In May, CALFIRE released findings condemning one of California’s major utilities company, PG&E, as the cause for last year’s devastating Camp Fire. Before these findings, the company was already in hot water with responsibility for 2017’s October Fire Siege in Northern California. The 10s of billions in lawsuits associated, forced the company to file for bankruptcy this January and prompted speculation that the Northern California utilities could become state-run. So far that hasn’t happened. But what has happened is that PG&E has decided to address the cause of these major fires by proposing to actually cut power during high-wind days, which could cause blackouts for millions of residents for days at a time.
The 2019 wildfire season is about to start. So far this year major fires have already igniting across Texas, Oklahoma, and the Southwest. As we move into the summer months, increasingly warm and dry conditions will continue to fuel the threat of wildfires. The National Inter-agency Fire Center released their fire potential outlook for summer months, predicting an above average fire season for all of the twelve western states making wildfire intelligence gathering even more essential. This foreboding outlook comes on the heels of another (2018) Fire Season that set multiple records.
A severe storm brought three days of extreme weather to a large swath of the South, Midwest, and Mid-Atlantic over the weekend. Tornadoes, hail, flooding, and extreme winds wreaked havoc from Texas to Pennsylvania. Nine people died as a result of the storm, with causes ranging from trees falling to drowning in floodwaters. The number of confirmed tornadoes continues to climb as investigations continue, but as of this writing, the number has risen to 41 across 9 states. High winds, with speeds recorded up to 136 mph, destroyed dozens of homes. Over 200,000 residents lost power across the states. As communities still reel from the damage, another nearly identical storm is starting to move across Texas. Read more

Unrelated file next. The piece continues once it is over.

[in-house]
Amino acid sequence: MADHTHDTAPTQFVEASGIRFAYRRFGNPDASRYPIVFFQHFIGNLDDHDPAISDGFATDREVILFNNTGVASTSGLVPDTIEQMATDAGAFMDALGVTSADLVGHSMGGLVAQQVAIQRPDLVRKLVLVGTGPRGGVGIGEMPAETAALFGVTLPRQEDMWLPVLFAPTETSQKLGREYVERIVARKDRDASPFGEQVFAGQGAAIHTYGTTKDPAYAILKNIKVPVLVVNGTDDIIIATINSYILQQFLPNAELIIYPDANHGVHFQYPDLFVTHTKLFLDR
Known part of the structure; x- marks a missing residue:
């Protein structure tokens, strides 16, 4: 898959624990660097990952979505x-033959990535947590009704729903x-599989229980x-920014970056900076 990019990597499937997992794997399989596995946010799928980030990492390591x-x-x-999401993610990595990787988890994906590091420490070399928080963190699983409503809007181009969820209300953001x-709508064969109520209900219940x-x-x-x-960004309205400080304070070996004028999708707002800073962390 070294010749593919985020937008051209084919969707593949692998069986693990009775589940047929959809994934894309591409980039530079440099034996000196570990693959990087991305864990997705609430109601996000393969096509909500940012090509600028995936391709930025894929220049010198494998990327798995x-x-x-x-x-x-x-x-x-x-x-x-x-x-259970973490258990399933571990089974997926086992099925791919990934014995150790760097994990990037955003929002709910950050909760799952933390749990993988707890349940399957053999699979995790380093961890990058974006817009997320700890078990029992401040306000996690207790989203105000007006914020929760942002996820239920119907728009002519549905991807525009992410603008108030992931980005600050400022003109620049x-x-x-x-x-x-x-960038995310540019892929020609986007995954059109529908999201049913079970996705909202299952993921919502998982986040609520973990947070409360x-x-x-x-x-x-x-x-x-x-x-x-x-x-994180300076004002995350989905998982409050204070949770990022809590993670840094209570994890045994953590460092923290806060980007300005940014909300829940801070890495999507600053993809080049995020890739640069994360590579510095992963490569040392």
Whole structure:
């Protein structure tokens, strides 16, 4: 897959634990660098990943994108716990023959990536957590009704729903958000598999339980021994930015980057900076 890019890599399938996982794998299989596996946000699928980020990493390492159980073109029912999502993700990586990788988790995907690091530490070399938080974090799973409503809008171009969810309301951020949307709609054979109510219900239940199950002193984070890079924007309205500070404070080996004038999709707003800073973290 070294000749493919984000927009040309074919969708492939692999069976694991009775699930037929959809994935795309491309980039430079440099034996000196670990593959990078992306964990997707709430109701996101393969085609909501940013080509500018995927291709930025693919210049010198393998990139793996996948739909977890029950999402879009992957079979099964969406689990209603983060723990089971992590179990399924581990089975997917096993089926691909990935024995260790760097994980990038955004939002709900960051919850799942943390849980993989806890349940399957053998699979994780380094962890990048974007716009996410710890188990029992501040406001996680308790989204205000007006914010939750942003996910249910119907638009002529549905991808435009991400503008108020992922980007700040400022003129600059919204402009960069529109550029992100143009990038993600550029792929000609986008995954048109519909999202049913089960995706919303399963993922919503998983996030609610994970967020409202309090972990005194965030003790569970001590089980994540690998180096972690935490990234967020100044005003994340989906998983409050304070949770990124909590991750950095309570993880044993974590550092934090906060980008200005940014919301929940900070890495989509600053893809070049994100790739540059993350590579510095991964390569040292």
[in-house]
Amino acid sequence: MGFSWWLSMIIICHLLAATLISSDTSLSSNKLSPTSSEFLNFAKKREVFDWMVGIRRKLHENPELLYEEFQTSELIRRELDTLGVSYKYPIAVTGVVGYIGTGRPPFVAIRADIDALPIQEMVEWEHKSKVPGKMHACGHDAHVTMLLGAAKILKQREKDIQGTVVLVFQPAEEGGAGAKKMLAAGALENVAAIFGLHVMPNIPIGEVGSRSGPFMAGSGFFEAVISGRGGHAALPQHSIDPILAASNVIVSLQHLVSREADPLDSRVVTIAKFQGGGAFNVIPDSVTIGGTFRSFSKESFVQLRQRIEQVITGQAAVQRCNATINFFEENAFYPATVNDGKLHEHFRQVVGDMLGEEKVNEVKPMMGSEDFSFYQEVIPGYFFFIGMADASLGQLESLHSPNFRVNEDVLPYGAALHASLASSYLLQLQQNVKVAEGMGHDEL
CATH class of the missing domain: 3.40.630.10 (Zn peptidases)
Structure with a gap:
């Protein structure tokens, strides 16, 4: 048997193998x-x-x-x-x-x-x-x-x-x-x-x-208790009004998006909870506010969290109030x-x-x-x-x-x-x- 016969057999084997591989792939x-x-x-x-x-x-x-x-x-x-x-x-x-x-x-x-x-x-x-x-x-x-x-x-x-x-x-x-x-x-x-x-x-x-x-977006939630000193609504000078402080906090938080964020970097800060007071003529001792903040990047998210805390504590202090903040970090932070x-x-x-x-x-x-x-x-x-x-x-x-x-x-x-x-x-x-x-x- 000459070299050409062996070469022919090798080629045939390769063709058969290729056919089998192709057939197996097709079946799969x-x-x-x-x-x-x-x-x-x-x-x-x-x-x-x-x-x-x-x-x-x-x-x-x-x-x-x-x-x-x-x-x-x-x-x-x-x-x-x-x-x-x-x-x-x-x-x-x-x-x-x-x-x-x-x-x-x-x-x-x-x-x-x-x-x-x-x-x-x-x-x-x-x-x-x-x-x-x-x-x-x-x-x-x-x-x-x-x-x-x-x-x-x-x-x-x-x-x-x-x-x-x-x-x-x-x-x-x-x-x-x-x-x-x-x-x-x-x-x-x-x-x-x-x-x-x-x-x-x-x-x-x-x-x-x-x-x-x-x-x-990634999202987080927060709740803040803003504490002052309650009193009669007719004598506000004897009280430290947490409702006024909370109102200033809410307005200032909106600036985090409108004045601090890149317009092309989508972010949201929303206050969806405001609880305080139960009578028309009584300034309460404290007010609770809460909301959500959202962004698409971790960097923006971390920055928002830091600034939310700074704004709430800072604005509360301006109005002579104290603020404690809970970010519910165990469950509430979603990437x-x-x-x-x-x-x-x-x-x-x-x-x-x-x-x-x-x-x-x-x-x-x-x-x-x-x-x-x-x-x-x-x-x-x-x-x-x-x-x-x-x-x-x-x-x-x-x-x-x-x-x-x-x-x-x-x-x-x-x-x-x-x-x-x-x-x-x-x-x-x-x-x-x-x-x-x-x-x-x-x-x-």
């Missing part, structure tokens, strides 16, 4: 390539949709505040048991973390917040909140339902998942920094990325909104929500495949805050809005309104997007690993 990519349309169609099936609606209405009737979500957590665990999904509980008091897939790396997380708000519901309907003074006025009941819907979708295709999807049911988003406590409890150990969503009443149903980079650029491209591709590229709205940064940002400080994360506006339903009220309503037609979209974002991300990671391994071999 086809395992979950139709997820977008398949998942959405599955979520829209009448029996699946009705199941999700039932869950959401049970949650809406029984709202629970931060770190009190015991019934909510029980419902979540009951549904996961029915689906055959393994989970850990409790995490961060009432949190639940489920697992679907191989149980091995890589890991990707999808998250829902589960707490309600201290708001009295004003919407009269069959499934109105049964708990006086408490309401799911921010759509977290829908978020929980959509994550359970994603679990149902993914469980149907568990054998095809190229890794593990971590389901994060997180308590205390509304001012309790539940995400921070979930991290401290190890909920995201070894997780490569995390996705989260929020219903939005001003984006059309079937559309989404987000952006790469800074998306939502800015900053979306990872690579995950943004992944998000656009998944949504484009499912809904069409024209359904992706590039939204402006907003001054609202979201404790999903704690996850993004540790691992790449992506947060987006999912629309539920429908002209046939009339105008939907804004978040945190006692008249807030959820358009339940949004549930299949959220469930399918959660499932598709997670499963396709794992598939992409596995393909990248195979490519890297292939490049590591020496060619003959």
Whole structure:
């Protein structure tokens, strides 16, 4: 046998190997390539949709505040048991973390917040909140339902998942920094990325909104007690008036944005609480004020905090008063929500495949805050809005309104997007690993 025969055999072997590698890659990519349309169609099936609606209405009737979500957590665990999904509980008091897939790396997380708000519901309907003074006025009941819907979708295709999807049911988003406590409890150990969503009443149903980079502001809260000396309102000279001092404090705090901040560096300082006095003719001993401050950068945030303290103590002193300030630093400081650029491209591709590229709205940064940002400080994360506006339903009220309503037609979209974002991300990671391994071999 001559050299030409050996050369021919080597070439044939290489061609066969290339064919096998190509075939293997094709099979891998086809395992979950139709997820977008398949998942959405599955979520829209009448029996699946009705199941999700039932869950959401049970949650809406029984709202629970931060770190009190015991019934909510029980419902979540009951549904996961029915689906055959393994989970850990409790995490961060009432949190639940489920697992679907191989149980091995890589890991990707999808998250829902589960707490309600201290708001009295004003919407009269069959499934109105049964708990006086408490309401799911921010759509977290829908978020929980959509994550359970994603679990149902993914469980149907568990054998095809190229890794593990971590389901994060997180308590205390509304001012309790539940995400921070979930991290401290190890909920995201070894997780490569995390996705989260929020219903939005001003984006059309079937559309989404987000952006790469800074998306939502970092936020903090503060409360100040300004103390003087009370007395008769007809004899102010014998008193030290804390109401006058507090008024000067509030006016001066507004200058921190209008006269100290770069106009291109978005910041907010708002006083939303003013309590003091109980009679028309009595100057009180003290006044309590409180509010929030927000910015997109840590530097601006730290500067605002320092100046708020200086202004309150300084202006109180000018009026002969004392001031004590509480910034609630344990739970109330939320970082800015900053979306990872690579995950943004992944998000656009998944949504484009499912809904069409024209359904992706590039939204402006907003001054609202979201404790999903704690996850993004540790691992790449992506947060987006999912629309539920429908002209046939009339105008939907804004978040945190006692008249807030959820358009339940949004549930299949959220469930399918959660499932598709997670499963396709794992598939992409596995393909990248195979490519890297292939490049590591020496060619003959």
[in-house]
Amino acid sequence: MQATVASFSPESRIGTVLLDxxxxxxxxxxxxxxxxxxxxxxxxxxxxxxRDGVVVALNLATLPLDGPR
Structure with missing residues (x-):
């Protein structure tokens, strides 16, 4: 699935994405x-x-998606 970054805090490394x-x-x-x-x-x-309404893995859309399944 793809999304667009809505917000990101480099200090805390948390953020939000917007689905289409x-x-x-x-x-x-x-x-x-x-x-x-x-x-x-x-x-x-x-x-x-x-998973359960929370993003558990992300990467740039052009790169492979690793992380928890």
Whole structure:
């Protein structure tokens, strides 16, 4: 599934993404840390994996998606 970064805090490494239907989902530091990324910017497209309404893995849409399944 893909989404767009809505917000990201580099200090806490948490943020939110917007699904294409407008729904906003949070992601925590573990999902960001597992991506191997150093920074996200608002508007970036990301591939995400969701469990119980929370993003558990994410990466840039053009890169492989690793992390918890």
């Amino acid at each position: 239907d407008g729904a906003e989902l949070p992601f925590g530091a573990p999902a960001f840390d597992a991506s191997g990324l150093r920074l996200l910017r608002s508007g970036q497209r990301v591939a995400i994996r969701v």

A small fire began Saturday afternoon in the Pine Barrens area of the Penn State Forest in Southern New Jersey. In less than two days, the Spring Hill Fire proceeded to burn over 11,000 acres. By 8am EDT Monday morning, crews reported they had the fire contained. Firefighters will remain on scene to monitor the fire since some areas are still burning. Full fire containment means the fire resources no longer believe the fire will grow or move out of the area it already scorched; however, a contained fire is not necessarily ‘out’. Additionally, nearby towns will likely still see, and possibly smell, smoke from the fire. While the cause of the blaze has not been confirmed, it is believed to have been human-caused. In addition to the fire occurring in an area known for illegal bonfires, the fire burned in an area that had no lightning strikes reported, has no power lines nearby, and was not conducting any prescribed or planned. Read more
New Regulations Forcing Compliance
California utility companies have been working to address their liability to the growing risk for massive wildfire events. The California Public Utilities Commission, CPUC, has stringent rules and guidelines for maintenance and mitigation, and has often held utility companies liable to the damages caused by their equipment starting fires. Senate Bill 901, named The Utility Wildfire Mitigation Plans Bill, outlines further requirements for utilities to provide the state with plans to prevent, combat, and respond to wildfires in their service territories. It allows for CPUC to review and modify these plans before the utility is allowed to adopt the plan. Read on to learn how these companies plan to combat this ever increasing threat. Read more